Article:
Archpastoral Letter on Great Lent 2002
Prot. N. 146
To the Pious and Devout Clergy , Monastics And Faithful of our God-saved Diocese:
Glory to Jesus Christ!
Before one can take rest, one must first labor. Before the reward comes the sacrifice; before the feast, the fast.
My beloved faithful: the Holy and great Fast draws near to us, and it is time for us to draw near to it. It is a season that the world cannot accept, because the world sees only the visible need and not the invisible promise. The world looks at our fasting, our intensified prayer life, our self-restraint, and says: "Why this waste?".
But this is the same question that the disciples themselves asked when the Lord was preparing for the Cross. Here is one report of the incident:
" Now when Jesus was in Bethany, at the home of Simon the leper, a woman approached Him. She was holding in her hand a sealed alabaster flask full of exceeding ly expensive and precious myrrh. Then she poured out the myrrh over His head as He was lying down. When His disciples saw this, they became annoyed and angry and grumbled: 'Why this waste? This myrrh could have easily been soldfor a great sum and the money given to the poor. ' (St. Matthew 26:-6-9)
How could the Disciples reject the offering of the woman? How could they deny their Lord this one indulgence, seeing that by His providence it fulfIlled an even greater purpose than anyone could have imagined?
The woman came to cleanse her sins, but she became more than a repentant sinner. She became a Myrrh-bearer, the only one of the Holy Women who was successful at anointing the Lord before His Burial. She came to the Lord having spent all her riches for this one moment, but she purchased an everlasting memory and a permanent place in the history of our salvation. For the Gospel continues:
"But Jesus, aware of their grumbling, said to them: 'Why are you making trouble for the woman? The deed that she has done is truly something beautiful for Me. Indeed, you always have the poor with you, but Me, you do not always have. What she has done, by putting this myrrh upon My body, she has done to prepare Me for My burial. Amen, Amen, I say to you, wherever this Gospel will be preached in all the universe, what this woman has done will be spoken of as a memorial to her"' (Matthew 26:10- 13).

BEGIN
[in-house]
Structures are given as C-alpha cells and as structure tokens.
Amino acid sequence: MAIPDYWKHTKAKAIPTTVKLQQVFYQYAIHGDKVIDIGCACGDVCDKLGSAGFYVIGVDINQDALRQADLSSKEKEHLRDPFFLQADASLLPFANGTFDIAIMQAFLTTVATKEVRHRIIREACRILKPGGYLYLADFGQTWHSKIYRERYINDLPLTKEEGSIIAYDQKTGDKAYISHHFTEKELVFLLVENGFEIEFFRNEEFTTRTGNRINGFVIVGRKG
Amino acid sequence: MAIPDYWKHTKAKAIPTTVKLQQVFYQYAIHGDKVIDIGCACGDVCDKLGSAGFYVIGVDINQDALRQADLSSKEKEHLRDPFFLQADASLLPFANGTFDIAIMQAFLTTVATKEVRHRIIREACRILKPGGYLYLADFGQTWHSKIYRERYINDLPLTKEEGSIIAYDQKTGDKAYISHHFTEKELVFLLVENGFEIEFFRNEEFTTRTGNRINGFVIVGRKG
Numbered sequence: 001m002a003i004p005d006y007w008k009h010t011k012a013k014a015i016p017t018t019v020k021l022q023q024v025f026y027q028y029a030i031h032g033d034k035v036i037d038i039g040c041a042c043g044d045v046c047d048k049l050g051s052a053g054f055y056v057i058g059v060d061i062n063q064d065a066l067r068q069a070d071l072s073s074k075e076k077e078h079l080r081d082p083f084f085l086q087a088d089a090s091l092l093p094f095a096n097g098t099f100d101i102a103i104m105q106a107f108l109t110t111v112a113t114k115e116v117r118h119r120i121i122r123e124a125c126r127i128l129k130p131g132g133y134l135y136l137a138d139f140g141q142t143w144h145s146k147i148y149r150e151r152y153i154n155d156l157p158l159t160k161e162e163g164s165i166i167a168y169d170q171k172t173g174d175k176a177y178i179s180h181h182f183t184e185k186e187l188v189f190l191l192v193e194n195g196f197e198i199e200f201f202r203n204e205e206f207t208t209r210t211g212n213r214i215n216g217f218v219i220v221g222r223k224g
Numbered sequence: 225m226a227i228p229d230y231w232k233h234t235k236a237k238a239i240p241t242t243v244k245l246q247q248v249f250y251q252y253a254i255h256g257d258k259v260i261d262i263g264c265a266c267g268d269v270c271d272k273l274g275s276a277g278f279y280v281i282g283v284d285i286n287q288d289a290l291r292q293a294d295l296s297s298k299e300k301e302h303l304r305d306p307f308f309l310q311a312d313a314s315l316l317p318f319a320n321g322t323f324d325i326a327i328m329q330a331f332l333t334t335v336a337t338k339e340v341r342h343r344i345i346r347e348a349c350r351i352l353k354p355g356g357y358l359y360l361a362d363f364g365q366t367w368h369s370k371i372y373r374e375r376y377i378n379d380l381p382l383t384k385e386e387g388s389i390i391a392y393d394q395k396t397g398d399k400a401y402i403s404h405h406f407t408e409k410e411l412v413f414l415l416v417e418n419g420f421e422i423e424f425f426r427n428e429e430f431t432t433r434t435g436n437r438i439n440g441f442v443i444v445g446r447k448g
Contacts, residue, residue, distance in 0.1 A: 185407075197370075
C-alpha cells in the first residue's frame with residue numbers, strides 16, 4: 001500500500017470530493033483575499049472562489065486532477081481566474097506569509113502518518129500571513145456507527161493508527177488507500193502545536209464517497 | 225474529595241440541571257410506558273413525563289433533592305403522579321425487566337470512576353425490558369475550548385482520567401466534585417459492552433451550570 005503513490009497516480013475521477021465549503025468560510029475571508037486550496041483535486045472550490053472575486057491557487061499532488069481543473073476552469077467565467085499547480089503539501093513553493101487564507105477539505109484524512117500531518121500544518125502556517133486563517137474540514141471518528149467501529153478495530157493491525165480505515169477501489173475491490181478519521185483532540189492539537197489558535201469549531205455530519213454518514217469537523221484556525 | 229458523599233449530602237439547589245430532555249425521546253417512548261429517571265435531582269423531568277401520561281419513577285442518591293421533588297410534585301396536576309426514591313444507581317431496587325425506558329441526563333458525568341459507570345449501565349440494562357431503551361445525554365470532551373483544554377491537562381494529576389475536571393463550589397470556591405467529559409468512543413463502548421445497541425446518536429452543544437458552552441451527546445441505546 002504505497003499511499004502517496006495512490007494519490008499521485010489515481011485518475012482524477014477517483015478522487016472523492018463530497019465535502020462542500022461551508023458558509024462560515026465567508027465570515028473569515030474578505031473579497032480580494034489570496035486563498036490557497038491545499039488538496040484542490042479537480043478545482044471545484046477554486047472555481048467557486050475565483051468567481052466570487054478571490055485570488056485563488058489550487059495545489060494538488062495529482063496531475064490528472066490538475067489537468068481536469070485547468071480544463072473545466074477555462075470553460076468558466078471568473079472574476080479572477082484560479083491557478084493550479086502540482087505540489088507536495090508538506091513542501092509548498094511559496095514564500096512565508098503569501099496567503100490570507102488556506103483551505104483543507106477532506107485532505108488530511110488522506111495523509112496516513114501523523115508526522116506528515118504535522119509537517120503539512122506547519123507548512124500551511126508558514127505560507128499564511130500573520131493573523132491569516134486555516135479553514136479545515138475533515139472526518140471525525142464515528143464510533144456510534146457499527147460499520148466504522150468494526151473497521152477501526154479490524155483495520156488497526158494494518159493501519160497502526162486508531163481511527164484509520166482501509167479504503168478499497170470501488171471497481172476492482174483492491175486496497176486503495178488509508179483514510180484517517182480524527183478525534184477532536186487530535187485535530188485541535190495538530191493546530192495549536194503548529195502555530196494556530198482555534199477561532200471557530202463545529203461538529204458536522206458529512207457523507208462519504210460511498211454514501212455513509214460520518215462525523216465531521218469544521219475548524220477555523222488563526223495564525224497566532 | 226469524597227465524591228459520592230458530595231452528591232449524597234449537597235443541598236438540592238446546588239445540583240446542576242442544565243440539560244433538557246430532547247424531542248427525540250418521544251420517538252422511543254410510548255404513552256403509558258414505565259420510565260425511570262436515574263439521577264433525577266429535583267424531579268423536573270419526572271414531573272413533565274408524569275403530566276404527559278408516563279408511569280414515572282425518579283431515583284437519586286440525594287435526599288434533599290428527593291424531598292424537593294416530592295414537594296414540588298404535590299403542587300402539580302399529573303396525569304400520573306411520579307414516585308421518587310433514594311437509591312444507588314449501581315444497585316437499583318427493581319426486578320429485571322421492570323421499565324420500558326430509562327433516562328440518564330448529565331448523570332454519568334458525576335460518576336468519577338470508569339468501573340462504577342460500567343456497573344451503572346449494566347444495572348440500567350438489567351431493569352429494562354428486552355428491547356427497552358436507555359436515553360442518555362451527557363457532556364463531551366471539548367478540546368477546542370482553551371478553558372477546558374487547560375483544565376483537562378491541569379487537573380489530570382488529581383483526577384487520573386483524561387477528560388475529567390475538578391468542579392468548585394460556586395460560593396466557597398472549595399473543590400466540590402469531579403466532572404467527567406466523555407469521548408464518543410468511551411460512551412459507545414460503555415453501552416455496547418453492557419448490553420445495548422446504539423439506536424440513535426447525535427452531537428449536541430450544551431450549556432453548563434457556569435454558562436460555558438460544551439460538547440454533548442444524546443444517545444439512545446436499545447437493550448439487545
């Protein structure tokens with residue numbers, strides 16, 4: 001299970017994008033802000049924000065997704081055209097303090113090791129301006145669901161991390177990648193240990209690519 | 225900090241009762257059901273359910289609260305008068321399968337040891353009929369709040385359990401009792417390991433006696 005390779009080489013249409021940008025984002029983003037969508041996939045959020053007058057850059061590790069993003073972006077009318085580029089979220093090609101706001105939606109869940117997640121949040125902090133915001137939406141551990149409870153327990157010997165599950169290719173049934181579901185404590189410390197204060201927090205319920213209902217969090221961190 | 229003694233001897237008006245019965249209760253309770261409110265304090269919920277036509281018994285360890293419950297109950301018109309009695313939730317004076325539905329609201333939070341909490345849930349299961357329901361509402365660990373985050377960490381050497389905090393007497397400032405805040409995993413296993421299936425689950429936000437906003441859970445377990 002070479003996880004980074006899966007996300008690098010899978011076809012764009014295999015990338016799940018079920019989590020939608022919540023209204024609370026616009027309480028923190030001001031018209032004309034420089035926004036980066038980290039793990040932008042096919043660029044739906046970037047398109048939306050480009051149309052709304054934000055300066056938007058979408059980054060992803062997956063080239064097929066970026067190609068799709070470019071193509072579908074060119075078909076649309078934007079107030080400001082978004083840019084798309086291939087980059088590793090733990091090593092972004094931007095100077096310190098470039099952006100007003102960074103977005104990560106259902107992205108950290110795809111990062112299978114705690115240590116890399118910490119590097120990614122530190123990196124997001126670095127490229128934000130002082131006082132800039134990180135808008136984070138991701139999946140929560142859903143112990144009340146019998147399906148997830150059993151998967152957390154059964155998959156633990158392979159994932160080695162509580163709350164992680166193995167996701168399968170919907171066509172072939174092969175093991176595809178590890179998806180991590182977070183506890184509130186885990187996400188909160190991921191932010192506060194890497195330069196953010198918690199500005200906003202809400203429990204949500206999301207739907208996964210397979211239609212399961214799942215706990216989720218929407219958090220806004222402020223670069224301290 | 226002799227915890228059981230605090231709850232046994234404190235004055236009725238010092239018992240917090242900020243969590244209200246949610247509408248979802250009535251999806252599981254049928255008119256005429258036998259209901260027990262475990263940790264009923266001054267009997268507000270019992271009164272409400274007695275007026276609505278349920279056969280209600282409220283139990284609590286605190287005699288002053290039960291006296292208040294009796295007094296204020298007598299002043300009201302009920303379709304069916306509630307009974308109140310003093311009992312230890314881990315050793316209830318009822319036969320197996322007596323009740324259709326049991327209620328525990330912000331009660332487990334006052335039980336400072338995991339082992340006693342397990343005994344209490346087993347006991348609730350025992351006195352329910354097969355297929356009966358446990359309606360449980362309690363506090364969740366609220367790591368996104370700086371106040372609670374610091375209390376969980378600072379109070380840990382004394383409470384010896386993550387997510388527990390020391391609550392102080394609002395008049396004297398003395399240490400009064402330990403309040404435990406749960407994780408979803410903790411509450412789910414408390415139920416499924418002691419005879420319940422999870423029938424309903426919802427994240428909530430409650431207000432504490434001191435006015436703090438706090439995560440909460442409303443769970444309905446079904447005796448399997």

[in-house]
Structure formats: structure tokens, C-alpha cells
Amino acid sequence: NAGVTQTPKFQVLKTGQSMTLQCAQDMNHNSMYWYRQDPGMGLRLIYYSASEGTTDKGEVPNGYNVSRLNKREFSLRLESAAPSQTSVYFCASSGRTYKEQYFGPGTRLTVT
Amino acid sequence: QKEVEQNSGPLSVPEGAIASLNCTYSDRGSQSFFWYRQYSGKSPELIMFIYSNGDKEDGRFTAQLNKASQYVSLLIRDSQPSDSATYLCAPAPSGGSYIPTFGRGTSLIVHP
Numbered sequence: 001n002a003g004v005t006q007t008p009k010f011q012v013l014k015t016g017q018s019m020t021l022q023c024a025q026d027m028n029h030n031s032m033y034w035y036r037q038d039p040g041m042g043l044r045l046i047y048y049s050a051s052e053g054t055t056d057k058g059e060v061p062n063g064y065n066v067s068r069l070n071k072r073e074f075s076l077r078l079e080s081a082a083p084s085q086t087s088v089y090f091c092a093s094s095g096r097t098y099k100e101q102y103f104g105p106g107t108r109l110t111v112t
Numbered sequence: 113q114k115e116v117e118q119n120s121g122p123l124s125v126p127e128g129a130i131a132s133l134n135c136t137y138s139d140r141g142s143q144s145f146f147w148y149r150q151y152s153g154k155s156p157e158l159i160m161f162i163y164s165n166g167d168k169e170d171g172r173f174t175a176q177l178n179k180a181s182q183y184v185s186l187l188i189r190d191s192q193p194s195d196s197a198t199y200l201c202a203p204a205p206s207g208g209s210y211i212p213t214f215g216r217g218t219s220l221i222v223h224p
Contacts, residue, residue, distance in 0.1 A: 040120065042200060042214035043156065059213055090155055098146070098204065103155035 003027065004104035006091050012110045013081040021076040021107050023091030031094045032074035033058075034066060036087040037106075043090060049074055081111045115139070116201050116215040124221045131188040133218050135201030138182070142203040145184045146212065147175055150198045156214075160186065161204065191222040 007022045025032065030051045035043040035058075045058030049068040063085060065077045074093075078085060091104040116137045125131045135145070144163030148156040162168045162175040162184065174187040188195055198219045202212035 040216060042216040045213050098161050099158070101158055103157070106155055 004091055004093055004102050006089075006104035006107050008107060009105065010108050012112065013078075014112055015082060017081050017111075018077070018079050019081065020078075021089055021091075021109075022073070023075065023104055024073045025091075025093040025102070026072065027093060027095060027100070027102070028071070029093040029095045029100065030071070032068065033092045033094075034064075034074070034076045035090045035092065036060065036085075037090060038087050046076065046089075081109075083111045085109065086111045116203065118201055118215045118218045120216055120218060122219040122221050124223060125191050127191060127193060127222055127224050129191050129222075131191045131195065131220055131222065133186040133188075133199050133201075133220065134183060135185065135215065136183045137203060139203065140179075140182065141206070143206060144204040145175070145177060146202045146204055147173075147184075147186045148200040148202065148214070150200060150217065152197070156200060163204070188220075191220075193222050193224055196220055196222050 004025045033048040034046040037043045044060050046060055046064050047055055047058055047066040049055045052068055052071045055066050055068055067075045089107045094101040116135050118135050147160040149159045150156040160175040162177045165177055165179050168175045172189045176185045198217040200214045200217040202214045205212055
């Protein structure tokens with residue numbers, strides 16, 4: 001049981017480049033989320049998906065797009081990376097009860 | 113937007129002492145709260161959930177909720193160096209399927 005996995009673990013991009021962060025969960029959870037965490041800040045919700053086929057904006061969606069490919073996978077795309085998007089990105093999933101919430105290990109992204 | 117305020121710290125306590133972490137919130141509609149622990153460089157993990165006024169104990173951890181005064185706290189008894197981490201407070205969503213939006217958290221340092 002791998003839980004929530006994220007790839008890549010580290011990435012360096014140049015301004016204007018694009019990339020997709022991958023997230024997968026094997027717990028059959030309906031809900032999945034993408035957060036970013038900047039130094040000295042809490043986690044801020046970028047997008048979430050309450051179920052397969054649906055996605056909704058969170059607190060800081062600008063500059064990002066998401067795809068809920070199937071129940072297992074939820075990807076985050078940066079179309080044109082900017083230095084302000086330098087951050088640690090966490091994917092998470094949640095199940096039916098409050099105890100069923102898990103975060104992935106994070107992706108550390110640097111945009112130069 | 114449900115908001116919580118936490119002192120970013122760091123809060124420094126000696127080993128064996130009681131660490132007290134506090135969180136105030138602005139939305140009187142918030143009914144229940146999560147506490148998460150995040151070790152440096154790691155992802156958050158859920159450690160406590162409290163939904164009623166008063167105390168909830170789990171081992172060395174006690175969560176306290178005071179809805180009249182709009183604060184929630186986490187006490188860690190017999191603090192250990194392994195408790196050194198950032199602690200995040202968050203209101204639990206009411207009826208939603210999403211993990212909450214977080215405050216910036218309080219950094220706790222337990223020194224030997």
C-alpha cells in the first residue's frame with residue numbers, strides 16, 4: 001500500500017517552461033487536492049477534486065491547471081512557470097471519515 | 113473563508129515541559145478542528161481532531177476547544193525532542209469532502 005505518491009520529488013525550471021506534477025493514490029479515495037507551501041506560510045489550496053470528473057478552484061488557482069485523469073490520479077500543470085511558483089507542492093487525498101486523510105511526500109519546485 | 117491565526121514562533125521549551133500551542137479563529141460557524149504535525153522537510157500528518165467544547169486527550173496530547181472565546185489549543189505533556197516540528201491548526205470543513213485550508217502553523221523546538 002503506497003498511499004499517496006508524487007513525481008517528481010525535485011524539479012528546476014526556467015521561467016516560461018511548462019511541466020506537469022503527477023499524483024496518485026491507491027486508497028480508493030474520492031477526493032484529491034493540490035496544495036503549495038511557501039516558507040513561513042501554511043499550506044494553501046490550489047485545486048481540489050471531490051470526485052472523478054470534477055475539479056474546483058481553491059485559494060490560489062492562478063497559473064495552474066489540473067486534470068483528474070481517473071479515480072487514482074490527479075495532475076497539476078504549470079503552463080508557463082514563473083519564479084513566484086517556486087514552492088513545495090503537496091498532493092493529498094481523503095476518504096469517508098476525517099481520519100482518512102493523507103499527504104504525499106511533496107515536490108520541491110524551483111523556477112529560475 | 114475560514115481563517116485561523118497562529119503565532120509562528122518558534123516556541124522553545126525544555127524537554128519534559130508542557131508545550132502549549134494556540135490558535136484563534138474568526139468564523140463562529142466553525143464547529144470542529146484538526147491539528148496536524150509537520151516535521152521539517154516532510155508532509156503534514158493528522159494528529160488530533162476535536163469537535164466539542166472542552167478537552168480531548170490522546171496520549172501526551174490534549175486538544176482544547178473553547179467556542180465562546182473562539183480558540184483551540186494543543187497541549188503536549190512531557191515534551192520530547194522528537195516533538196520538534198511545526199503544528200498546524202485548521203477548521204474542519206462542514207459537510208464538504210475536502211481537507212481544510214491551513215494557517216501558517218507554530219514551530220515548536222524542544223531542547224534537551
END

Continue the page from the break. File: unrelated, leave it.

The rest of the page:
She spared no expense, no effort, not even the degrading by the Disciples themselves in her eager and genuine pursuit of her own salvation. She was willing to be ridiculed, abused and even rejected, all for the sake of her Lord. She is the veritable icon of repentance and humility which shows to all of us the way to spend this Lent.
By anointing the Lord before His Passion, she linked herself to Him and joined in His Passion. She offered her utmost to Him, and in turn, He offered His very Life for the life of the world. Her offering of the "exceedingly expensive and precious myrrh " became the means by which she received "grace upon grace".
Thus it is, beloved faithful, that this Lent, we shall have a rare opportunity to follow in her footsteps, and together -in spirit and unity of heart and mind -offer the same gift to the Lord.
As I prepare to join His All-Holiness, Ecumenical Patriarch Bartholomew in Constantinople for the duration of Holy Week, I am fully aware that I carry the thoughts and intentions of all the faithful of the Diocese. During this Holy Week, together with the Hierarchs of the Ecumenical Throne, we shall consecrate the Holy Myron -the Chrism -the continuation of that first "exceedingly expensive and precious myrrh " offered by the woman. This time, the woman is the Church, the Bride of Christ, adorned as then with repentance and a fervent heart. But this time, the Holy Mixture is not to anoint the body of the Messiah as He prepares for His sublime Sacrifice; it is for us, who are the Body of Christ. Just as in the Holy Liturgy, truly! He is the One Who offers and receives.
So as we prepare during Holy Week the Sacred Chrism, by J which the Holy Spirit is conveyed at Baptism and Chrismation,
and by which we consecrate our churches, let us all offer from our hearts and souls and minds that which gives a most pleasing fragrance to God: repentance born our of humility and self-acknowledgment. Let us not worry about the "waste" that others mayor may not ascribe to our actions. Perhaps we shall be ridiculed; perhaps we shall be maligned. Let the same love that impelled the sinful woman to the house of Simon the leper be the sole and guiding force behind our actions, so that the Church- the whole Church -which is the House of God may be filled, as the Evangelist John says, "with the fragrance of the myrrh", with the fragrance of our good faith, with the fragrance of our love, with the fragrance of our good deeds.
With every blessing to you and your families for a pure, blessed and spiritually-rewarding Lent, I remain
Most sincerely yours in Christ,
This Archpastoral Letter is to be read in all Diocesan Parishes in lieu of the regular Sermaon at the Divine Liturgy on Sunday, March 17, 2002